The Year Was 1938 – June 3rd

Henry Travers in 1938 (you may recognize him as Harold the Angel from ‘It’s a Wonderful Life’)
  • Actor Henry Travers has arrived from New York. He will report to WB to play Bette Davis’s father in her latest, ‘The Sisters.’ [‘The Sisters’ was his only film for 1938, but he stayed around for seven more in 1939, including ‘Dodge City,’ ‘Dark Victory,’ ’Stanley and Livingstone,’ and ‘The Rains Came’].
  • Columbia expects hundreds of aspiring actors at their studio to try out for the part of Joe Bonaparte from the Clifford Odets play, Golden Boy. Julian Evans will have charge of the proceedings. The ballyhoo is so great surrounding this search, he forsees photographers from Life magazine to be there. [Harry Cohn was probably hoping for the same type of publicity that Selznick was generating over his search for Scarlett O’Hara].
  • Three tunes have been completed for MGM’s ’Sweethearts’ the next Nelson Eddy/Jeanette MacDonald musical by Bob Wright and Chet Forrest. [Wright and Forrest had supplied music the year before for the Eddy/MacDonald film ‘Maytime.’ And for 1939 there were many contributions they made for MGM films, including Eddy (without MacDonald) for ‘Balalaika’].
  • With ‘Crime School’ and the Dead End kids doing well, WB plans another to be called ‘Hell’s Kitchen,’ once issues with the title have been cleared by the Hays Office. Humphrey Bogart and Gale Page are set to star. [Ronald Reagan and Margaret Lindsay would star instead].
  • John Litel has been cast by WB in the new prison picture ‘Blackwell’s Island.’ Project to be directed by William McGann. [John Garfield replaced Litel before shooting commenced].
  • Midget sets for ‘The Terror of Tiny Town’ now guarded to keep off the swarm of curiosity seekers.
  • Ed Sullivan makes the rounds of studio commissaries. At WB –  Bette Davis and Olivia DeHavilland were having lunch and arguing about the best way to put on weight. Spencer Tracy and Father Flannagan were at the MGM commissary, the good Father in town to talk about their production of ‘Boys Town.’ Boris Morros in his signature flashy attire, (this time a bright red check shirt) pauses to talk with Joan Bennett at the Paramount commissary. (See May 25th).

STARS IN OTHER NEWS

  • William LeBaron at Paramount announces that they are keeping Bob Hope on, and have assigned him his next picture – ‘Thanks for the Memory.’ He will have an engagment to play in Roberta locally before traveling to New York where he will start his personal appearance tour with Jackie Coogan.
  • Clark Gable had been home sick with the flu. After three days in bed he tried to return to work on the ‘Too Hot To Handle’ picture. The director judged his voice still too husky and sent him home.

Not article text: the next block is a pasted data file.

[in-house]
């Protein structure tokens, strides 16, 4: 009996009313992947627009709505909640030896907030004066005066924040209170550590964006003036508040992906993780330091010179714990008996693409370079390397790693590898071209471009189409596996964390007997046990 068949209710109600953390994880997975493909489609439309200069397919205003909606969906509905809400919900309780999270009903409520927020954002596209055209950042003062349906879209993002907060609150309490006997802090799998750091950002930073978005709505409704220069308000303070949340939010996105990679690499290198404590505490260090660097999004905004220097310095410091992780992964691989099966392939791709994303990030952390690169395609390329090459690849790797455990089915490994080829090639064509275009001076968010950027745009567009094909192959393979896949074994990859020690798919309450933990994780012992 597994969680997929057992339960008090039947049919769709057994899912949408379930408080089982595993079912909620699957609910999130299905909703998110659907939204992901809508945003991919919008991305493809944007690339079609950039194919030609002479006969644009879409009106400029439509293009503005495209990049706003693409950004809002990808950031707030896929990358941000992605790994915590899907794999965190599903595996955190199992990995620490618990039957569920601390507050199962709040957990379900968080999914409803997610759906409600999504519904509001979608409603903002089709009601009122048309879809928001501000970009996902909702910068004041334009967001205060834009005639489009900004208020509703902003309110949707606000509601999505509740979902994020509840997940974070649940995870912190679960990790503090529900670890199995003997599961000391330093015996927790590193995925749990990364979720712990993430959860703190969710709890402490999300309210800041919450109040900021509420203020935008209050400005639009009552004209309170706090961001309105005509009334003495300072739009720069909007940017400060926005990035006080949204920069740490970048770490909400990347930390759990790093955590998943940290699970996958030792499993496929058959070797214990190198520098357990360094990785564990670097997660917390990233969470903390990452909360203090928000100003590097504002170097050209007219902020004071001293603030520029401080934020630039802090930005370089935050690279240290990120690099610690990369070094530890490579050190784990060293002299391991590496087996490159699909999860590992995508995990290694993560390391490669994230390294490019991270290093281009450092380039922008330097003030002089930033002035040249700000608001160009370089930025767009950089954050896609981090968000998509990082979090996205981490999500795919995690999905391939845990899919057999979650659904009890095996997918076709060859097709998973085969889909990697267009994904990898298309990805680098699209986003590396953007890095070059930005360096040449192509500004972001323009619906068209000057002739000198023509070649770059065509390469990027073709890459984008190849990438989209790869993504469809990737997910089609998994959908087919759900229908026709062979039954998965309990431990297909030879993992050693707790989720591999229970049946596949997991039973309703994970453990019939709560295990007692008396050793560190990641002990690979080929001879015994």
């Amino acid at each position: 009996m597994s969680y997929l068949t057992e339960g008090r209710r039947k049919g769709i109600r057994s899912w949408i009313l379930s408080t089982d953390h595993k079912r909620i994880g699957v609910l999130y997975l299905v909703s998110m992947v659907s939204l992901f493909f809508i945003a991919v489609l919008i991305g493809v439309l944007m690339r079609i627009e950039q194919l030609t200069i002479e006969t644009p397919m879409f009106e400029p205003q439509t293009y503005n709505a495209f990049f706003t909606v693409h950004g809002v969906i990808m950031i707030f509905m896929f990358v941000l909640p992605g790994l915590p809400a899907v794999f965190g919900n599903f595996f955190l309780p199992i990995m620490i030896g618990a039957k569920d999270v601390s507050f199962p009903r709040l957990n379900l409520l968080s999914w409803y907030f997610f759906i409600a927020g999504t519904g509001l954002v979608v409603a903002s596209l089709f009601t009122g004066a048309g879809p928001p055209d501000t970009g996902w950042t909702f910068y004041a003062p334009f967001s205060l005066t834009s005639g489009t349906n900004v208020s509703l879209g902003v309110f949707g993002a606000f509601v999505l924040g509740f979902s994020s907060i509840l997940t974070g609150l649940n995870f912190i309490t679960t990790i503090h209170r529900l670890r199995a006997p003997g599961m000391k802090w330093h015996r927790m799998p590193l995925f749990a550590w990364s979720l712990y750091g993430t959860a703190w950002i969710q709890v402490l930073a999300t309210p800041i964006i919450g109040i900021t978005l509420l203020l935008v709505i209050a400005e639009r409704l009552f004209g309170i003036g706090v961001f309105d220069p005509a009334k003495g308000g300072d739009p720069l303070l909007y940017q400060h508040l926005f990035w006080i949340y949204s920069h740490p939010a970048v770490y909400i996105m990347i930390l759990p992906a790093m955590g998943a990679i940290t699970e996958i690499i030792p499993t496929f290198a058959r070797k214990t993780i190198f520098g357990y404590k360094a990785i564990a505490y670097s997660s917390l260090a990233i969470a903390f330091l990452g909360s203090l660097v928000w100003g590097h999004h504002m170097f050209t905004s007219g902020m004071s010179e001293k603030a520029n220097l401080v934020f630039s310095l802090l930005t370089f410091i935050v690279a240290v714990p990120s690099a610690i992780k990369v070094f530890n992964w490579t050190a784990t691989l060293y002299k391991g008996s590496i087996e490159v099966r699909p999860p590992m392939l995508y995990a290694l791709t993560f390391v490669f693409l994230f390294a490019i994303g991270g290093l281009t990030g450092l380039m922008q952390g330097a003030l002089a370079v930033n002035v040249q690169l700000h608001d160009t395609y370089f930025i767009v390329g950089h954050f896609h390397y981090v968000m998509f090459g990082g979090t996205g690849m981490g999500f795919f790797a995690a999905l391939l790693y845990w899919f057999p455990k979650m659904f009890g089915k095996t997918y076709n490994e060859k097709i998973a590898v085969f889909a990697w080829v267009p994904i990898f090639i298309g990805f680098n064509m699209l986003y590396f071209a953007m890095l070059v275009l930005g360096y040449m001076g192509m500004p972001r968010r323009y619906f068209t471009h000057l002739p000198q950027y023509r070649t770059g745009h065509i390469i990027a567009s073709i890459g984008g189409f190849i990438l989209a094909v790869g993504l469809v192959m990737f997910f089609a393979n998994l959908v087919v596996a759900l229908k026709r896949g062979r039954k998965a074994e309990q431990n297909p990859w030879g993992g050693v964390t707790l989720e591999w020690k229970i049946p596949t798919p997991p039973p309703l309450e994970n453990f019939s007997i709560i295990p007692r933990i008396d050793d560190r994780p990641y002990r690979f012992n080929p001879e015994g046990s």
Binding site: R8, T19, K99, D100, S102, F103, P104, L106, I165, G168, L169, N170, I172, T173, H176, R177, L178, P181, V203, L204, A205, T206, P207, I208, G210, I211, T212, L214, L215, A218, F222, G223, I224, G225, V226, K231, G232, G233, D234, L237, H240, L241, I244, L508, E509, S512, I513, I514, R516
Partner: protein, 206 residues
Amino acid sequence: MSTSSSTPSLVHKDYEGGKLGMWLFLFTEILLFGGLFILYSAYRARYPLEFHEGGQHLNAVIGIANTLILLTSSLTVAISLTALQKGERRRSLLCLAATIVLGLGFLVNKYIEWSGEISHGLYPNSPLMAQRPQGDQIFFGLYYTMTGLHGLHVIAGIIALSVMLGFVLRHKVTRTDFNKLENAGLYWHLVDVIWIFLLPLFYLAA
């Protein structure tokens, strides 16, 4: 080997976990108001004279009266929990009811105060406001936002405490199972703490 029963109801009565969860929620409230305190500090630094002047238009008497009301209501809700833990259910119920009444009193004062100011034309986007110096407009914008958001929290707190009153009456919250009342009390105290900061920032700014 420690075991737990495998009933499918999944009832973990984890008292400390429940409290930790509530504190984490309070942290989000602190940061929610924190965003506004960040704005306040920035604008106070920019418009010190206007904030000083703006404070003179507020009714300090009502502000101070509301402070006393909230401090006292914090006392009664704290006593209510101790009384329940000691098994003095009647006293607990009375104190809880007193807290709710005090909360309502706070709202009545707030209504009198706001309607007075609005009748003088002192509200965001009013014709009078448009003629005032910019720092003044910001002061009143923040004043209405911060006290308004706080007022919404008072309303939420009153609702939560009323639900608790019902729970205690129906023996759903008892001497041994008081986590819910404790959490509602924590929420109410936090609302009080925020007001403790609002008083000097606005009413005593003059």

ITEM OF INTEREST

  • One hears stories about the malapropisms perpetrated by Samuel Goldwyn, like the declaration – “Include me out.” Columnist Sidney Skolsky reports the latest making the rounds around Hollywood – someone ran into Goldwyn and invited him to lunch – to which Goldwyn replied, “I can’t eat yet. I just had breakfast for lunch.”

The Year Was 1939 – May 27th

Robert Preston in 1938
  • Paramount has signed their new discovery Robert Preston to a long term contract and he will make his debut in ‘King of Alcatraz.’ Filming will commence at the end of June. One of their talent scouts had spotted him in a play at the Pasadena Playhouse. [Preston would be in two films for 1938, and three in 1939, including ‘Union Pacific’ and ‘Beau Geste’].
  • Opening today – ‘Crime School’ from WB with Humphrey Bogart and the Dead End Gang. A ‘B’ picture that did ‘A’ business – brought in for only $250,000.
  • Columbia is sending a company to Kanab, Utah to film exteriors for their serial ‘Wild Bill Hickock.’ The cast including Gordon Elliott, Kermit Maynard, Monte Blue, and Carol Wayne will spend 10 days in the area. [Gordon Elliott after this serial going forward would be known as Bill Elliott. He would be hard at work on westerns for Columbia throughout 1939].
  • President Harry Warner of WB announced that a new series of Technicolor featurettes will be made with patriotic themes – such as the Declaration of Independence, Clara Barton, Abe Lincoln, etc. He feels that they are needed to combat the subversive and undemocratic forces at work in the country.
  • RKO has seven films currently shooting at its Gower St lot, and intends to continue to keep seven going at once through the usually quiet summer period. 
  • Ed Sullivan details his time on the ‘If I Were King” set at Paramount, and relates the remarks by Basil Rathbone on how he likes being in this film – “It is the first time in years I haven’t kicked a baby or been killed in Reel 4.” [For this historical film set in France of the 15th Century, an enormous Paris street set was built on 73,000 square feet of the backlot].